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Hydrogen in Japan

Japan’s dependency on fossil fuel imports and the low self-sufficiency of energy have led to an uncertain situation for the nation's energy security. Anja Lindgaard Molnes sheds light on the situation in Bergen Energy Lab's lunch meeting.

Japan, illustration.

Japan’s dependency on fossil fuel imports and the low self-sufficiency of energy have led to an uncertain situation for the nation's energy security. The government's intent to transform the existing energy system has led to an increase in innovative solutions, and hydrogen is considered an essential part of the plan to improve energy security and prevent further climate change.

Consequently, Japan is strongly committed to building an infrastructure to sustain their vision of showcasing the nation as a world-leading hydrogen society towards the Tokyo Olympics in 2020.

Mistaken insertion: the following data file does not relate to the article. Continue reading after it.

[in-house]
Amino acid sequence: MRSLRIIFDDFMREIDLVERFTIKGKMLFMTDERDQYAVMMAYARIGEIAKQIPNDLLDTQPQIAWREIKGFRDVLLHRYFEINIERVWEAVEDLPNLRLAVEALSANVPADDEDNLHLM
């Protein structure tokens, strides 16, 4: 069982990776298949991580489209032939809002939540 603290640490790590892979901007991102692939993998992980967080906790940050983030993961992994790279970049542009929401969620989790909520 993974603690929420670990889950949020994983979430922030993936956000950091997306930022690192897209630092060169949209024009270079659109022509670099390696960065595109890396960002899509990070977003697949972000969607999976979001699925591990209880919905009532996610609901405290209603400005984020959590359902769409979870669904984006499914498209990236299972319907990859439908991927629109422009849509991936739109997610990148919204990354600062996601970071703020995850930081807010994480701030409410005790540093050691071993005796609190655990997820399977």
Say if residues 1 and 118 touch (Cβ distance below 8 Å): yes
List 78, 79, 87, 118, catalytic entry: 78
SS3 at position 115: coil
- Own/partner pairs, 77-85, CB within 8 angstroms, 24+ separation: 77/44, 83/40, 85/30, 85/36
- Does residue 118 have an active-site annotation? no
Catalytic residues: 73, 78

Anja Lindgaard Molnes spent this summer as an intern with the Renewable Energy Institute in Tokyo, and has also performed some research on the hydrogen situation in Japan. She has written an article for Greenstat on the subject.

The meeting will be held in the Helland-Hansen meeting room at the Geophysical Institute, Allegaten 70, from 12:15 to 13:00 (we open the doors at 12:00). The meeting is free and open for all interested, so bring your lunch and join for an interesting presentation and discussion.